September 29, 2022

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A Bulls— Argument

A Bulls— Argument

Jeff Jarvis takes John Koblin of the New York Observer to task for misrepresenting an epithet uttered during a “fact-checking” phone call. The article alleges that Jarvis said “bulls—” in reference to New York Times Editor Bill Keller and his ideas. Jarvis refutes that and indicates he was referring instead to the reporter’s question.

The prominent media blogger makes a fairly compelling case that the reporter was at the very least inaccurate and possibly even deliberately deceptive.

Unfortunately, Jarvis then veers off into a laundry list of other gripes that have no bearing on the quality of the story. He takes issue with the way his glasses are described (“My glasses are too damned expensive to be unfashionable”) and essentially questions the definition of “consulting” for the Washington Post (“I helped with one small task but I told the reporter specifically that I had not done consulting of note”).

Jarvis then comes to what may be his biggest beef with the article:

What really pisses me off is that they couldn’t bother to mention my book – the only good reason to talk with a reporter – even after the reporter visited the recording of the audiobook. Now that’s bullshit.

In other words, he didn’t get the free publicity he was looking for. Understandable, for sure, but not really the basis of a claim of malfeasance in journalism.

But here’s where the train really jumps the tracks. Jarvis concludes that the interview itself is the culprit. Not this particular small “i” interview, but any “Interview” conducted in the name of article-writing. He writes that “the interview itself is becoming outmoded” and cites the example of one of the earliest bloggers, Dave Winer, who “wisely refuses interviews, telling journalists that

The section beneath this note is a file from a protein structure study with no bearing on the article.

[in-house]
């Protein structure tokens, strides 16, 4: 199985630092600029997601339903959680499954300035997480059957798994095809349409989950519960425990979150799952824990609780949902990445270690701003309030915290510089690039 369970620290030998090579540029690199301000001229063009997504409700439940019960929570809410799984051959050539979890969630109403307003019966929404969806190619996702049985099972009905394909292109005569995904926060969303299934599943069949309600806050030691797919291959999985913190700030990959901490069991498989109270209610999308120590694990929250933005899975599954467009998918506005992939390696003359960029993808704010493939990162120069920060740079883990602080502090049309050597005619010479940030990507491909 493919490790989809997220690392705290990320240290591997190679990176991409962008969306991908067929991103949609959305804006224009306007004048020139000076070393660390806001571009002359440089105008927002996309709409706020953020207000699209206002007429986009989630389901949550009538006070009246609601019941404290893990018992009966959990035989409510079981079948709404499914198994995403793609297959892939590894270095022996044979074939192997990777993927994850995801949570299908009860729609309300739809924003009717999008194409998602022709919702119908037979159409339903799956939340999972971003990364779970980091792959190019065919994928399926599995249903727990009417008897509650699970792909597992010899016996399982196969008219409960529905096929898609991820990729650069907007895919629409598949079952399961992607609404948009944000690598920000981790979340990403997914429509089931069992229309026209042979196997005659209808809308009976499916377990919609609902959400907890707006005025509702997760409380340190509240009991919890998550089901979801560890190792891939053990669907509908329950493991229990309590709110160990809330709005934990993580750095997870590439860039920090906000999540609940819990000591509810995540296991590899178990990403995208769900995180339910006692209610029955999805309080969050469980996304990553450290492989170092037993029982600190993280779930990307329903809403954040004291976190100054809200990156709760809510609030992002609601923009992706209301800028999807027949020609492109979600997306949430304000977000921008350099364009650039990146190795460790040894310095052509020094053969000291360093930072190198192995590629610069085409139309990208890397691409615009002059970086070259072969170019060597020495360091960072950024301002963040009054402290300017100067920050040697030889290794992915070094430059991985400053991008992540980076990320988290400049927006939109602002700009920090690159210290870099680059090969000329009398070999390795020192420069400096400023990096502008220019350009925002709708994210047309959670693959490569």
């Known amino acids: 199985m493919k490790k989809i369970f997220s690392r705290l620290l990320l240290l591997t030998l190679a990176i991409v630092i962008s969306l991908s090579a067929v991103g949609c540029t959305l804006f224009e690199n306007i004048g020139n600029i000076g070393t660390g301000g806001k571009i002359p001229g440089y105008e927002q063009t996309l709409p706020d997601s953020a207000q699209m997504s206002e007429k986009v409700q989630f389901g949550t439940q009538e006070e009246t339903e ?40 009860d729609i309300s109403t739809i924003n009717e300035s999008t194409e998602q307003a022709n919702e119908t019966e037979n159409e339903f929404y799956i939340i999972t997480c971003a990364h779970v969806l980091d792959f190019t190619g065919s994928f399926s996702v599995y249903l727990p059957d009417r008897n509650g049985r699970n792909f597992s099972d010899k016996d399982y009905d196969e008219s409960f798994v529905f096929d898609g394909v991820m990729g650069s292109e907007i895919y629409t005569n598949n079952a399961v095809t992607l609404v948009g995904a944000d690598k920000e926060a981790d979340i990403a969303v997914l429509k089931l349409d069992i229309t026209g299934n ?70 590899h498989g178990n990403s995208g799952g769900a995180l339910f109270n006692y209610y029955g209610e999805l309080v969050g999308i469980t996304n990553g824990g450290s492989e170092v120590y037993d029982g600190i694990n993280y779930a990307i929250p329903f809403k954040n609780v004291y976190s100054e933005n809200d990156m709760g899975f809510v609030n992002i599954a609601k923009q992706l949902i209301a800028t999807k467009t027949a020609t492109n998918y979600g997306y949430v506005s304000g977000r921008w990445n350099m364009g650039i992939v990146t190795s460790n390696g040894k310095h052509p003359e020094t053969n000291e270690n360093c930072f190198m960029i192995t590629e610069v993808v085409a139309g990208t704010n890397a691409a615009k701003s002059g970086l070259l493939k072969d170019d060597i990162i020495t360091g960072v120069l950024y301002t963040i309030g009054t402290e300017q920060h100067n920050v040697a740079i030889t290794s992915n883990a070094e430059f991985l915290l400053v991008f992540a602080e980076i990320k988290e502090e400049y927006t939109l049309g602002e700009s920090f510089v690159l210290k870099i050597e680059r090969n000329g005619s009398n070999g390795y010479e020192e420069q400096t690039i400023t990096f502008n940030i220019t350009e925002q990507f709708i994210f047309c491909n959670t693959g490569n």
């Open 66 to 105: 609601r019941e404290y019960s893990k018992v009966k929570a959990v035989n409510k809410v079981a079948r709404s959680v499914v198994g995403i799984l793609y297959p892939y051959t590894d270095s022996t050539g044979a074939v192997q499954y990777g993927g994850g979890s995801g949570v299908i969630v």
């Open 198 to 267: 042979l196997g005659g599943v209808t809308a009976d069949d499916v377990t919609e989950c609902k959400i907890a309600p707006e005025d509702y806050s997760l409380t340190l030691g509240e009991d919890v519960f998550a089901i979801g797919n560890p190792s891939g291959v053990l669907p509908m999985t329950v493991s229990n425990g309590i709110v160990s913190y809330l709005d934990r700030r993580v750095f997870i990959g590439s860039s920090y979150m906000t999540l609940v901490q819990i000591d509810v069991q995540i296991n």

everything he has to say he has said online.”

Jarvis explains:

The process of the interview has the reporter hold all the cards in
his hand: who he talks with and what he will reveal to each and what he
will say in the end, without links to what any of the parties has said.
Then the reporter gets to toss it all on the table. A process of links
and discovery and conversation and correction would be far more
illuminating of the ideas and issues than this old process of control
through the sieve (and efforts to trump up conflict and drama). That,
you see, is the real moral to the story: It’s the form that’s bullshit.
Keller isn’t. I leave it to you to decide whether I am.

Is Jarvis right? Certainly some reporters and writers do manipulate the interview process to achieve a particular outcome. And many only seek to interview those who will bolster their predetermined outcome to the story. It is not even uncommon for reporters to subtly attempt to put words in their subject’s mouths — something that some Washington pundits are splendidly adept at taking advantage of.

But to suggest that Googling someone’s thoughts is “far more illuminating” than conducting an actual interview seems absurd on its face. Online conversation does not replace in-person or telephonic communication. Humans respond to verbal and on-verbal cues which cannot be easily communicated in writing. Moreover, the spontaneity of real-time dialogue often uncovers ideas and viewpoints that may remain hidden in the more measured pace of typed thoughts and opinions. And written words can be just as easily misconstrued — deliberately or deceptively even — as spoken ones.

One questionable interview — or even a bevy of them — does not make the technique “outmoded.” To put it in lyrical form, this isn’t a case where “blogging killed the interview star.”

Or to put it in Jarvis’ jargon: I call bulls—.

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About The Author

Chip Griffin is the Founder of CustomScoop. He writes and speaks frequently about data-driven public relations. You can follow him on Twitter at @ChipGriffin.

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